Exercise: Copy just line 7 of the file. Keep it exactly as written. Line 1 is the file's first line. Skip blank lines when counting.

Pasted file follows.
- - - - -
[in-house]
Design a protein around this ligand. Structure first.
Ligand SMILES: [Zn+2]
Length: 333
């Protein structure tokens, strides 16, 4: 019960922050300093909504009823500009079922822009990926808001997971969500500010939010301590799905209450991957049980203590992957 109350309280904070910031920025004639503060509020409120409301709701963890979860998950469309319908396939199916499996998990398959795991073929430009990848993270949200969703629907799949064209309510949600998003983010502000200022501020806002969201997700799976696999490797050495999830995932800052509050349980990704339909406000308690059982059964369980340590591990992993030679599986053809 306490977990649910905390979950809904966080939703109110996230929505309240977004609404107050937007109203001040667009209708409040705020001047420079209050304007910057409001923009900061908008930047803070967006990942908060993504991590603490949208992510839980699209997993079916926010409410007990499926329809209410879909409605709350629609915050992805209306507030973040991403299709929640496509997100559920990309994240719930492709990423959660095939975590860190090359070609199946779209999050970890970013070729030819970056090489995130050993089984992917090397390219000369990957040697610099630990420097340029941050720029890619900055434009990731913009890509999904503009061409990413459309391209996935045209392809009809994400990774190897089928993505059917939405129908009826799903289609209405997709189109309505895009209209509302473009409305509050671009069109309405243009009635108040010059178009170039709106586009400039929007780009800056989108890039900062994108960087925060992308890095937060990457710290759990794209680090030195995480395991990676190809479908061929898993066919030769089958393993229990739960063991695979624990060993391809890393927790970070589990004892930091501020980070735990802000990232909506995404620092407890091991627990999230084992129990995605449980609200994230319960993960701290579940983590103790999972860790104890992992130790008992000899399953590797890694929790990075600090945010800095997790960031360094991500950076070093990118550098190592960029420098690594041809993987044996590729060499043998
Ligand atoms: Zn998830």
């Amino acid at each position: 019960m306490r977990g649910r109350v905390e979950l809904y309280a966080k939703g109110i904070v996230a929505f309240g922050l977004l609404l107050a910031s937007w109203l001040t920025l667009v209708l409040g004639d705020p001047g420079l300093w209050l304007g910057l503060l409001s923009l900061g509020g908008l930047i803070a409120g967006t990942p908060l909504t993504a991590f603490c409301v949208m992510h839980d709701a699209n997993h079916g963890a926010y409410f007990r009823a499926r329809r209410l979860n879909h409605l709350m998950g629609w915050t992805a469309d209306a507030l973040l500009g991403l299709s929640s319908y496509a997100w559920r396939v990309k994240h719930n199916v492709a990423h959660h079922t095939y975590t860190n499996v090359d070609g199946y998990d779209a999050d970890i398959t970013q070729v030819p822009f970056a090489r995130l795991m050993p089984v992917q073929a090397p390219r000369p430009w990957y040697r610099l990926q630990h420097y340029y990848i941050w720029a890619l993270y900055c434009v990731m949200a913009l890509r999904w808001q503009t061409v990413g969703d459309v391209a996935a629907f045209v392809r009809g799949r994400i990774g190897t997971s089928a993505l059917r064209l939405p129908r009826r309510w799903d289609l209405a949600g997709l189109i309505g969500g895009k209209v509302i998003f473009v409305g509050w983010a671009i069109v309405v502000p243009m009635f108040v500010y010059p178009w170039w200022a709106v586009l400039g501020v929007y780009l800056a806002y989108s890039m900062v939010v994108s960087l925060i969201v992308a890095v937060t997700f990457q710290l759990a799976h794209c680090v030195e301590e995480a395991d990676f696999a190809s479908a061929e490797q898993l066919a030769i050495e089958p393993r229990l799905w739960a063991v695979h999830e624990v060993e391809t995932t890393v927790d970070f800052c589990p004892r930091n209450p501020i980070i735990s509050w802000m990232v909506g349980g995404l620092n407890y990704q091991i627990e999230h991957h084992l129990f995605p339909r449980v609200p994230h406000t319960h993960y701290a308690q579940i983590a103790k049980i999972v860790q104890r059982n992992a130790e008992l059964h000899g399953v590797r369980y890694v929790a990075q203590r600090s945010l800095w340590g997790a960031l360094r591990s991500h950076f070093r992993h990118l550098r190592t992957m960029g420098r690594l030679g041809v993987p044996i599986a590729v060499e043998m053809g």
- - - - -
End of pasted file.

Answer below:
């Amino acid at each position: 019960m306490r977990g649910r109350v905390e979950l809904y309280a966080k939703g109110i904070v996230a929505f309240g922050l977004l609404l107050a910031s937007w109203l001040t920025l667009v209708l409040g004639d705020p001047g420079l300093w209050l304007g910057l503060l409001s923009l900061g509020g908008l930047i803070a409120g967006t990942p908060l909504t993504a991590f603490c409301v949208m992510h839980d709701a699209n997993h079916g963890a926010y409410f007990r009823a499926r329809r209410l979860n879909h409605l709350m998950g629609w915050t992805a469309d209306a507030l973040l500009g991403l299709s929640s319908y496509a997100w559920r396939v990309k994240h719930n199916v492709a990423h959660h079922t095939y975590t860190n499996v090359d070609g199946y998990d779209a999050d970890i398959t970013q070729v030819p822009f970056a090489r995130l795991m050993p089984v992917q073929a090397p390219r000369p430009w990957y040697r610099l990926q630990h420097y340029y990848i941050w720029a890619l993270y900055c434009v990731m949200a913009l890509r999904w808001q503009t061409v990413g969703d459309v391209a996935a629907f045209v392809r009809g799949r994400i990774g190897t997971s089928a993505l059917r064209l939405p129908r009826r309510w799903d289609l209405a949600g997709l189109i309505g969500g895009k209209v509302i998003f473009v409305g509050w983010a671009i069109v309405v502000p243009m009635f108040v500010y010059p178009w170039w200022a709106v586009l400039g501020v929007y780009l800056a806002y989108s890039m900062v939010v994108s960087l925060i969201v992308a890095v937060t997700f990457q710290l759990a799976h794209c680090v030195e301590e995480a395991d990676f696999a190809s479908a061929e490797q898993l066919a030769i050495e089958p393993r229990l799905w739960a063991v695979h999830e624990v060993e391809t995932t890393v927790d970070f800052c589990p004892r930091n209450p501020i980070i735990s509050w802000m990232v909506g349980g995404l620092n407890y990704q091991i627990e999230h991957h084992l129990f995605p339909r449980v609200p994230h406000t319960h993960y701290a308690q579940i983590a103790k049980i999972v860790q104890r059982n992992a130790e008992l059964h000899g399953v590797r369980y890694v929790a990075q203590r600090s945010l800095w340590g997790a960031l360094r591990s991500h950076f070093r992993h990118l550098r190592t992957m960029g420098r690594l030679g041809v993987p044996i599986a590729v060499e043998m053809g």